The College Football Playoff selection committee last night released its final set of rankings before the four-team field is revealed. We have a pretty good idea of which squads will get in: No. 3 Oklahoma; the winner of the Big Ten championship game between No. 4 Iowa and No. 5 Michigan State; No. 1 Clemson if it beats No. 10 North Carolina in the ACC championship game; and No. 2 Alabama if it beats Florida in the SEC championship game.
While both the Tigers and the Crimson Tide are favorites in their respective matchups, either squad would make the committee’s life more difficult by losing. That’s the focus of this week’s roundtable. If the Gators or Tar Heels pull upsets this weekend, who should make the playoff? SI’s college football experts weigh in:
Andy Staples: Stanford
If the committee wants to send the message that scheduling matters, it would put Stanford in the top four assuming the Cardinal beat USC in the Pac-12 title game. Jeff Long made it quite clear that North Carolina playing two FCS teams was going to be an anchor for the Tar Heels. If the committee makes a move that clearly rewards a team for playing a tough schedule and punishes a team for playing an easy one, then it will likely inspire teams to schedule better out-of-conference games in the future. That would give us better games to watch.
Now, is this what I think would actually happen in this scenario? Nope. I wouldn’t be shocked at all if the committee chose Ohio State because it simply thinks the Buckeyes are better than the other contenders.
Brian Hamilton: Stanford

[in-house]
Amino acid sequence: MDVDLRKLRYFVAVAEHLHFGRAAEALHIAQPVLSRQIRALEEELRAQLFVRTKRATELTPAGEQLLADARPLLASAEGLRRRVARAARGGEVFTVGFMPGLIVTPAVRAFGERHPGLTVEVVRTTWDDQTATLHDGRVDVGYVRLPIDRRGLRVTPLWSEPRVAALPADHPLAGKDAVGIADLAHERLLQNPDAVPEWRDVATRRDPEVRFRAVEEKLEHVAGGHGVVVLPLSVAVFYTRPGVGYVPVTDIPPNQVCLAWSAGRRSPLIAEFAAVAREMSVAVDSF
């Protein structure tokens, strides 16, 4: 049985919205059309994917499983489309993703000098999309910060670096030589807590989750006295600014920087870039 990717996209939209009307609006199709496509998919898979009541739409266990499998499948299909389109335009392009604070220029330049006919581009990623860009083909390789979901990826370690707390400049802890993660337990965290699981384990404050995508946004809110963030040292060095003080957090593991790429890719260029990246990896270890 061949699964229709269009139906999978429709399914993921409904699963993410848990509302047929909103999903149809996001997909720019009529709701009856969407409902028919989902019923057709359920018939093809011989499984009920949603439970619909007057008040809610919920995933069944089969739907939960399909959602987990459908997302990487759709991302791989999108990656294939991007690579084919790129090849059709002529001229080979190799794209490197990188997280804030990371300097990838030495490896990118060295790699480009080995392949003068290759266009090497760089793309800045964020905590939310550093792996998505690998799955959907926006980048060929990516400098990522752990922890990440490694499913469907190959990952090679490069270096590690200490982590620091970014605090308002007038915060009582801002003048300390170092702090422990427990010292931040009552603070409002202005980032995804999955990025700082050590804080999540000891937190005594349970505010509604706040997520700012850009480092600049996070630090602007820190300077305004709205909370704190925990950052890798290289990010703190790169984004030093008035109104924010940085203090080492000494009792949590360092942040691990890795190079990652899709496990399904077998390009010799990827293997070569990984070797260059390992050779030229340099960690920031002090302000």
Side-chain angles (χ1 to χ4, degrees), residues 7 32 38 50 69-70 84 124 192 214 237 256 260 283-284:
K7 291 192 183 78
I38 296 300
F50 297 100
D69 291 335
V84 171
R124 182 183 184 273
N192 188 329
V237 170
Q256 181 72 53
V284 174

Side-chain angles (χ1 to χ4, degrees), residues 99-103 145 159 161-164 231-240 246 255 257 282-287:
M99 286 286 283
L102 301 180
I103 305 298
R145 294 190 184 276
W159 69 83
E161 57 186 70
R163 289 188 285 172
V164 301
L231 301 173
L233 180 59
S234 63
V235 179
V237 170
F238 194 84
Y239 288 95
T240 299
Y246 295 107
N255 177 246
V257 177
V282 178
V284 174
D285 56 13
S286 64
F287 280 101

This requires the Cardinal winning the Pac-12 title against USC. If Stanford does that, it will combine a solid résumé with solid end-of-season momentum, the sort of combination the playoff selection committee should be in the business of rewarding. Don't care that Ohio State might be more empirically talented. Stanford challenged itself in the non-conference, playing two teams (Northwestern and Notre Dame) that would win 10 games, and split those meetings. The Cardinal have won four out of five against teams in the Sagarin Ratings top 30, and they would be the champion of a conference that sends 10 teams to bowls. This looks a lot like a team the playoff directives are supposed to favor.
Lindsay Schnell: Stanford
If North Carolina thumps Clemson a la Ohio State over Wisconsin in 2014, it would be tough to leave out the Tar Heels regardless of their schedule. That being said, I think Stanford would deserve the spot. Yes, the Cardinal have two losses. But the defeat to Northwestern happened early in the year, and teams are allowed one "what the hell just happened?" game. As for the Oregon loss, the Ducks are undoubtedly the best three-loss team in the country, and everyone knows Oregon's season would have been different if quarterback Vernon Adams Jr. had been healthy all fall (like he was against Stanford). The Cardinal also have a terrific non-conference schedule. So I'd take Christian McCaffrey & Co.